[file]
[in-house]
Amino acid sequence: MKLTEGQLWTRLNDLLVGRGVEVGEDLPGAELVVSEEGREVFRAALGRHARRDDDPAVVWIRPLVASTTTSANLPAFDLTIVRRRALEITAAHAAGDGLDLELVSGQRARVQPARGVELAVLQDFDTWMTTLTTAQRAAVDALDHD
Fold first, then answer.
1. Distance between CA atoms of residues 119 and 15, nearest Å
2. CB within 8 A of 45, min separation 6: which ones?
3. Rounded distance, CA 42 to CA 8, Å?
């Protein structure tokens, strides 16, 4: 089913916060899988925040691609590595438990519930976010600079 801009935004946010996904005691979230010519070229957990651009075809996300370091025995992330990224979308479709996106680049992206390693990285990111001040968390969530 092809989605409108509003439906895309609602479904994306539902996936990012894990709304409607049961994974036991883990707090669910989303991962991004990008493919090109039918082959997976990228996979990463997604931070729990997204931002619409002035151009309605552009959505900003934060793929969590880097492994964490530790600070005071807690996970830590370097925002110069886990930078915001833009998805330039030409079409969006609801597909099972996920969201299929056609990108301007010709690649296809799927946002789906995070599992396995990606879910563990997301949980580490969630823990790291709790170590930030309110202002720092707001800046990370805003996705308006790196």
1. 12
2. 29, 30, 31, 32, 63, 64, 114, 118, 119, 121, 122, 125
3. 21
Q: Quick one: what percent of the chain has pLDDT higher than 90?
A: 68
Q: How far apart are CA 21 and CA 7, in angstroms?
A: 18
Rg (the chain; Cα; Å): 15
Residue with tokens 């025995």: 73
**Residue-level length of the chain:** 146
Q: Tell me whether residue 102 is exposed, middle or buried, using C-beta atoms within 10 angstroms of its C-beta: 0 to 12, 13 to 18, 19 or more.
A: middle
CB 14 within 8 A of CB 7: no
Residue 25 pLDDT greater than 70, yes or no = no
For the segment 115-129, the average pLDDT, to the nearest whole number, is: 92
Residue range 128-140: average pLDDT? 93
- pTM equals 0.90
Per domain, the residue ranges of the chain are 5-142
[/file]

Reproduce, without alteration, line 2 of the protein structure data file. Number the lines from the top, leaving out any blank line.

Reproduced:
Amino acid sequence: MKLTEGQLWTRLNDLLVGRGVEVGEDLPGAELVVSEEGREVFRAALGRHARRDDDPAVVWIRPLVASTTTSANLPAFDLTIVRRRALEITAAHAAGDGLDLELVSGQRARVQPARGVELAVLQDFDTWMTTLTTAQRAAVDALDHD